Sep 12, 2012 - 9:48am
This article first appeared in ClimateSpectator on 12 September.
By Olivia Kember, National Policy & Research Manager at The Climate Institute
Australia’s coal seam gas (CSG) industry likes to claim it is one of the bridges between today’s heavy dependence on coal-fired power and tomorrow’s zero-emissions energy supply.
New research by The Climate Institute
finds that industry and government need to lift their game if gas is to contribute to a clean energy future.
It’s true that carbon pollution from gas combustion is roughly half that from burning coal. On the other hand, concerns about the emissions from CSG production have led some to claim that the gas is as bad if not worse than coal.
The point of contention is the degree of methane leakage during CSG’s pre-combustion life cycle. The industry claims leakage is negligible; opponents argue it is far higher than current estimates. As methane is 25 times more potent than CO2 over a 100-year period, the amount of methane emitted to the atmosphere substantially influences the gas’s emissions profile.
The problem is that both sides are making their arguments on inadequate information. The industry’s estimates are based on methods designed in the 1990s for conventional gas in the United States. These are out of date and inappropriate, given the substantial differences in geology and extraction techniques. There is a shortage of publicly available information by which the community and policy-makers might gauge the accuracy of producers’ estimates.
On the other hand critics tend to rely on recent research into American shale gas, applying the results wholesale to Australian CSG despite the limited data on which the study was based and the differences – again, substantial – in geology, regulation, equipment and financial incentives.
Research by The Climate Institute finds that claims that CSG power is more polluting than coal are exaggerated. Indeed, even under a high estimate of methane leakage CSG remains comparable to onshore conventional gas (at least that from the Cooper Basin, which has a high proportion of CO2). However significant questions remain about whether emissions from the production process are being properly accounted for.
Why does this matter? If all committed and probable gas projects in Australia go ahead, CSG production could increase nine-fold by 2020, and associated emissions could increase between 12-23 Mt CO2e. A trustworthy study of CSG’s actual life-cycle emissions is long overdue.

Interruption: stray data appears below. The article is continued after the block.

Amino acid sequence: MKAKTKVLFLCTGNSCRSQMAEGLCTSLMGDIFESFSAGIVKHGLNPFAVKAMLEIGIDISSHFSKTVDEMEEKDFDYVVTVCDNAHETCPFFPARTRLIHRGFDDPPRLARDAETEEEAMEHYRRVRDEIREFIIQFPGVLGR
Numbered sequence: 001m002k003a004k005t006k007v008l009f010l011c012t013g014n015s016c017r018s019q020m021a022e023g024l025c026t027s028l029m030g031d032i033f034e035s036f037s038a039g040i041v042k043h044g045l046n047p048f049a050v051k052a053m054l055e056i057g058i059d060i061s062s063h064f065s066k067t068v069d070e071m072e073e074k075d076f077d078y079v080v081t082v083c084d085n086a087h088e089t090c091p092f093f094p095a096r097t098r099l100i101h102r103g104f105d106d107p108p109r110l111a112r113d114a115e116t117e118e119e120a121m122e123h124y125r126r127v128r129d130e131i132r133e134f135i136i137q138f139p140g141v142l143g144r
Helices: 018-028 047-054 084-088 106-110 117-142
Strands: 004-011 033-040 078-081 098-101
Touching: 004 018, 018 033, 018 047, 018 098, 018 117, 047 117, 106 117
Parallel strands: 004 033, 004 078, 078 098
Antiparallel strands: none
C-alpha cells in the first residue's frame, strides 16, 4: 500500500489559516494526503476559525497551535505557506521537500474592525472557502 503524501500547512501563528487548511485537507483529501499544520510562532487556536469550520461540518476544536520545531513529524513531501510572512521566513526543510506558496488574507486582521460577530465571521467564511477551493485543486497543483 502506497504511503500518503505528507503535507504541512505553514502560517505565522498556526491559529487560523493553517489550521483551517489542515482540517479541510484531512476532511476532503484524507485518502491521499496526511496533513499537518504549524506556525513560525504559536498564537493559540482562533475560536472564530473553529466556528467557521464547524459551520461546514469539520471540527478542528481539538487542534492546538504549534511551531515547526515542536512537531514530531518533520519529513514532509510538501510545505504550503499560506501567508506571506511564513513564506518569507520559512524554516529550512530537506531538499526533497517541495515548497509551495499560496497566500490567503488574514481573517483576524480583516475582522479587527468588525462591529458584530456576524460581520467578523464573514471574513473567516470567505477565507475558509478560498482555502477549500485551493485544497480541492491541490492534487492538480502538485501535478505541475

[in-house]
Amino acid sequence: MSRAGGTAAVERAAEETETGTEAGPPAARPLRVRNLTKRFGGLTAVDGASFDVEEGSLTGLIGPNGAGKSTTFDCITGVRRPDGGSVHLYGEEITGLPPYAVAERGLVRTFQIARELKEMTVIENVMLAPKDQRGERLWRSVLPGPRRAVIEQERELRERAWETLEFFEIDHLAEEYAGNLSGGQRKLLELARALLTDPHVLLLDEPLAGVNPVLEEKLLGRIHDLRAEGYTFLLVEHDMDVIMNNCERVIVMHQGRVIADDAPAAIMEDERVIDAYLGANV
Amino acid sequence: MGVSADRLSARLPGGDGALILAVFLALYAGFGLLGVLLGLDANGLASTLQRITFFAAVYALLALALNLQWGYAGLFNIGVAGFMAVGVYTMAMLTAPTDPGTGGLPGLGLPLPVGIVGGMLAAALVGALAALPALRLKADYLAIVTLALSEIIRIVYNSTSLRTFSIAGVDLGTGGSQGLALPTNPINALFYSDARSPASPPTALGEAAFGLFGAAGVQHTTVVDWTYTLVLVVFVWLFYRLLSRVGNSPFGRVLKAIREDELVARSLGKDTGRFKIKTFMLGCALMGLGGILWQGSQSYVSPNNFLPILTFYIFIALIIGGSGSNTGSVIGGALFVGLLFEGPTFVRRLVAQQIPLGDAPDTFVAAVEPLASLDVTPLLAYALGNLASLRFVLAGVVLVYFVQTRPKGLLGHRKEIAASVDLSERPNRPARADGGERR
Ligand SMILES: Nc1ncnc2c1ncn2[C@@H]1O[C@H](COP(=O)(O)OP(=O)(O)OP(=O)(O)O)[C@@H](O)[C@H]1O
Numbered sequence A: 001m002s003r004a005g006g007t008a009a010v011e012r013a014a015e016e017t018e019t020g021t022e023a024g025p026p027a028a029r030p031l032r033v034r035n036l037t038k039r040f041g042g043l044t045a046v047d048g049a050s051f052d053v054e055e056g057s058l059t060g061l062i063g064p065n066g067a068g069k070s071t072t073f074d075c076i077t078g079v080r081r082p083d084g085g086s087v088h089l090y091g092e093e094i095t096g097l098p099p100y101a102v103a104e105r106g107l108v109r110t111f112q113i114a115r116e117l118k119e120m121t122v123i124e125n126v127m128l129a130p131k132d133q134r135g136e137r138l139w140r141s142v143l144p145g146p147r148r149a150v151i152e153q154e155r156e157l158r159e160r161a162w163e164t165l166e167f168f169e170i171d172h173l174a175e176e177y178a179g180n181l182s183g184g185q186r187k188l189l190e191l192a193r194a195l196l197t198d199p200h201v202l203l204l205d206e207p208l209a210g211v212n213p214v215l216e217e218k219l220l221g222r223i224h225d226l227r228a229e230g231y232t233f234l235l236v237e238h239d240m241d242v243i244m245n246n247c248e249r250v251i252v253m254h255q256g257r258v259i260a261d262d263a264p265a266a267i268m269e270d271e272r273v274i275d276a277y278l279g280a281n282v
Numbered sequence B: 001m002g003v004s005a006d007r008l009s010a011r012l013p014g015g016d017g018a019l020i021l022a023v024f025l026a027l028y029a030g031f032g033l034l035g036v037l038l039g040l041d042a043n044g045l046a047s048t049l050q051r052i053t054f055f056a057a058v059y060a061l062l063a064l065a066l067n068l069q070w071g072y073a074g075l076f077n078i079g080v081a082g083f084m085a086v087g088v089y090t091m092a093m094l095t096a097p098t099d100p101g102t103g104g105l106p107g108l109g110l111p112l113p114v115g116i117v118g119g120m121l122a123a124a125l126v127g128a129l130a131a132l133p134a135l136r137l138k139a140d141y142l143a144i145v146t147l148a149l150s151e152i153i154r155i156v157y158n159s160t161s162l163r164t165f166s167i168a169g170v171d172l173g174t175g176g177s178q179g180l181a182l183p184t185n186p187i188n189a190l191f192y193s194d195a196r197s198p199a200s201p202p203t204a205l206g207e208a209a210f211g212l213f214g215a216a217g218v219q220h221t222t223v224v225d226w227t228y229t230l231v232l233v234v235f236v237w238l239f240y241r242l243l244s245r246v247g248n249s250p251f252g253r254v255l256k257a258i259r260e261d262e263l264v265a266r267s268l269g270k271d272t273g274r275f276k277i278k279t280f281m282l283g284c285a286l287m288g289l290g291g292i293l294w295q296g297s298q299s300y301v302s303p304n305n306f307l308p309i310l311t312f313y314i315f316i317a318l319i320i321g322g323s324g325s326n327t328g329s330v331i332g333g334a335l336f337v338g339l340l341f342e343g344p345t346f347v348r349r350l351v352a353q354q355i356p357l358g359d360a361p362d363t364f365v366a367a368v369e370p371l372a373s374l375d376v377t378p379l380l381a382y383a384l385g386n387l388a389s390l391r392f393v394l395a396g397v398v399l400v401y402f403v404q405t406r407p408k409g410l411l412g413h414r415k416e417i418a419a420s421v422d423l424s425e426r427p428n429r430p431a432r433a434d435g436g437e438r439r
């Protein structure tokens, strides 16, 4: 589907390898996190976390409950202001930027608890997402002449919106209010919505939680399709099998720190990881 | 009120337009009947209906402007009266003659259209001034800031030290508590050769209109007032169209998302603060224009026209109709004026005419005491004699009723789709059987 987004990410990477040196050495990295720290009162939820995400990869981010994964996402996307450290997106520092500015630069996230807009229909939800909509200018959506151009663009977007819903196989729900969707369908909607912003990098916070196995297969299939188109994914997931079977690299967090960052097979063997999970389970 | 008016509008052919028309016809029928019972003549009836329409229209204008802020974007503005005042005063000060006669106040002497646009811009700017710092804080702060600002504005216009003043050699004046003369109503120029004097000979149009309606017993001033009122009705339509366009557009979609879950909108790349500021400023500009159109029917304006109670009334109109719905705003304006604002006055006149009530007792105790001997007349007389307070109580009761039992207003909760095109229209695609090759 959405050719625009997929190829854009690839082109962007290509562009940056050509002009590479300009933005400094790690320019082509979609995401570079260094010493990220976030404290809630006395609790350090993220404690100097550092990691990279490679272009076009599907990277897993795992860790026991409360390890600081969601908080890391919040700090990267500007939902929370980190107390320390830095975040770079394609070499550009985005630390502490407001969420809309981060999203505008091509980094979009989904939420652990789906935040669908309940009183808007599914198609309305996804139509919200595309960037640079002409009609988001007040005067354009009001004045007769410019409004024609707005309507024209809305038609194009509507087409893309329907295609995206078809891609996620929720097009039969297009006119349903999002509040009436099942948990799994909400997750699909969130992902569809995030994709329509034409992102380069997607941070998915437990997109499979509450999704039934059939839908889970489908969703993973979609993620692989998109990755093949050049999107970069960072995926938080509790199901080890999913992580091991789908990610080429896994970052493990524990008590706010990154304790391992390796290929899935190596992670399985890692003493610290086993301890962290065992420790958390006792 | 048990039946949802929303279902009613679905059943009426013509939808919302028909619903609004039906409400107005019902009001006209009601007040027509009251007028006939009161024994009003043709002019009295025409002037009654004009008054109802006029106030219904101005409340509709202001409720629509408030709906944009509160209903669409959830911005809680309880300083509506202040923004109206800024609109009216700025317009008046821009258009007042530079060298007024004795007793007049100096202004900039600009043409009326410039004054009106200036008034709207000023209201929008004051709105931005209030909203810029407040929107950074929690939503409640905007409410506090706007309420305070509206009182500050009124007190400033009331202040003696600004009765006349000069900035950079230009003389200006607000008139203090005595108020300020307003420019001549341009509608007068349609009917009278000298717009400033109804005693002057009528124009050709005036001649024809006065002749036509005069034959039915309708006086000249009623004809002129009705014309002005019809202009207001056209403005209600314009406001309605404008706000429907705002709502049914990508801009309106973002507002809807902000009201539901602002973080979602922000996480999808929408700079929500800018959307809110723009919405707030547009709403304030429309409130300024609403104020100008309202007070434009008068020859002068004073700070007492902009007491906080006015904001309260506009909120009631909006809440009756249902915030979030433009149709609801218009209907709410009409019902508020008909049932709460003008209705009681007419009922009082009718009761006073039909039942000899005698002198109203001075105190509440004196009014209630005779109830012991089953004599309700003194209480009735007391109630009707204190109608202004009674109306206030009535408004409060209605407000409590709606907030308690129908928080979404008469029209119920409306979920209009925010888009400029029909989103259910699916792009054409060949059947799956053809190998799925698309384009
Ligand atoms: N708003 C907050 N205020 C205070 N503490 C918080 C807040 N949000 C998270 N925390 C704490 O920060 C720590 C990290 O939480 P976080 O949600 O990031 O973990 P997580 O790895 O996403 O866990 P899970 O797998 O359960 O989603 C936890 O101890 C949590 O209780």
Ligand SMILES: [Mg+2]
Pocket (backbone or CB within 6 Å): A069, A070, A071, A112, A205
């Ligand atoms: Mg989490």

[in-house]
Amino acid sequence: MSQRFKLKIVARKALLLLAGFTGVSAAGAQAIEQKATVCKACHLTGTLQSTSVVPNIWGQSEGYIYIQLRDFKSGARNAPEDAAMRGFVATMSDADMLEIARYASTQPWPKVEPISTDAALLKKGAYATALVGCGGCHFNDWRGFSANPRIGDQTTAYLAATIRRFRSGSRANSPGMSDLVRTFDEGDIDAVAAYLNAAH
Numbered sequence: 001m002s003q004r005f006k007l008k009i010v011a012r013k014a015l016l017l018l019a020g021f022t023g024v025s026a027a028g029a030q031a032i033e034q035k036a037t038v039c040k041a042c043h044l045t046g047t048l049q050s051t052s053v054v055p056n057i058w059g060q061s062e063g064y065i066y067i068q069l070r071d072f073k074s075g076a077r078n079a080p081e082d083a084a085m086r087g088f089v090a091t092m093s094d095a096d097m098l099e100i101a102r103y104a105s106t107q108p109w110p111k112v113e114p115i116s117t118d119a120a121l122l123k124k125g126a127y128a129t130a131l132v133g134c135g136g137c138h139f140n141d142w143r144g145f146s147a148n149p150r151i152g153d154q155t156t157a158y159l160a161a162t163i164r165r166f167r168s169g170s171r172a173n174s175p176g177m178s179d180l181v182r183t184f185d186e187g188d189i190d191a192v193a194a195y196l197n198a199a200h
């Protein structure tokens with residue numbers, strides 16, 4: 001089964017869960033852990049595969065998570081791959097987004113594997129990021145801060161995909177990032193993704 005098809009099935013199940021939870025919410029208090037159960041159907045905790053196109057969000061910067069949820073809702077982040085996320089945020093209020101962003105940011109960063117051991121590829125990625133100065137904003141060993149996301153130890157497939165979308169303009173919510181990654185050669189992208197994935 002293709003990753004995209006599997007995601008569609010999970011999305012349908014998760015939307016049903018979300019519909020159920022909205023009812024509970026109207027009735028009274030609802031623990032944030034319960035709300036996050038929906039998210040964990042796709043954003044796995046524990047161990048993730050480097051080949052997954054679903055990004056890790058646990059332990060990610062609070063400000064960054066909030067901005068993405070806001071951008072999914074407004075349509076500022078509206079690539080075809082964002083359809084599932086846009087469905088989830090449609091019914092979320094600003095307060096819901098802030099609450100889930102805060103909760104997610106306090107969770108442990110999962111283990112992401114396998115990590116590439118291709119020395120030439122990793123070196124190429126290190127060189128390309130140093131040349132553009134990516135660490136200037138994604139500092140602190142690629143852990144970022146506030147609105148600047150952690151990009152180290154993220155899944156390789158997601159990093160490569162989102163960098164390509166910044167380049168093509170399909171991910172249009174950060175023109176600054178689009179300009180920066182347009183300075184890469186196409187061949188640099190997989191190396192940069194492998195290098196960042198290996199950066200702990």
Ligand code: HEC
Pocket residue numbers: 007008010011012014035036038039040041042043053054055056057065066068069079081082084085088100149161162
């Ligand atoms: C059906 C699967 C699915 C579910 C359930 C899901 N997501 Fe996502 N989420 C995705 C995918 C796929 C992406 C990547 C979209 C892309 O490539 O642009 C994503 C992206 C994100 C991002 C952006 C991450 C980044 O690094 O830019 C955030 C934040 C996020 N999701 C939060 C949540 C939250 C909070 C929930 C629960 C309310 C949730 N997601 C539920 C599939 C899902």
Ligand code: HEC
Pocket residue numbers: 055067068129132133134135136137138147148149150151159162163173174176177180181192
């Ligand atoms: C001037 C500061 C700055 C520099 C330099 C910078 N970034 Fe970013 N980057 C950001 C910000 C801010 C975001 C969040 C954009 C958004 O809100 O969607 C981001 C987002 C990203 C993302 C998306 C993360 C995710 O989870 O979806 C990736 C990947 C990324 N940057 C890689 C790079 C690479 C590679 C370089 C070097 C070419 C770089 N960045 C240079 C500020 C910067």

Once we know the true emissions profile of CSG production, carbon pricing can help. It provides a financial incentive for producers to minimise their emissions and enables Australia to meet its target despite the increase in gas (and coal) production. But it’s not enough on its own.
Until carbon prices reflect the value of reducing emissions in the longer term, complementary measures are required. For CSG production, this includes nationally consistent regulation for best practice across the industry.
Crossing the bridge to a clean energy future means we must also address the emissions from gas combustion. Stringent emissions performance standards for new power generators are necessary to avoid the construction of power plants that could undermine national climate change mitigation goals and/or lead to stranded assets and higher costs in future.
The Australian Government dropped its plans for emissions performance standards when it brought in the carbon price, but the failure of the Contracts for Closure negotiations underlines the importance of a clear framework for long term emissions reduction.
The CSG industry has several incentives to support more accurate emissions accounting. Methane has a financial value; minimising emissions helps maximise revenue. Moreover, the industry’s credibility is damaged. APPEA recently shot itself in the foot by playing fast and loose with CSIRO’s research into the impacts of CSG on groundwater.
If the gas industry wants to be part of the clean energy future it needs to earn its place. Supporting a more rigorously evidence-based emissions regime would be a start.
Olivia is the Acting CEO of The Climate
Institute. She has worked in the US, UK, Australia and New Zealand
across the fields of journalism, diplomacy and resources. Olivia has provided policy analysis and advice for the New Zealand
Ministry of Foreign Affairs and Trade and the NSW Minerals Council. She was the recipient of a Fulbright award to study in the United States and holds an MA in Security Studies from the University of Georgetown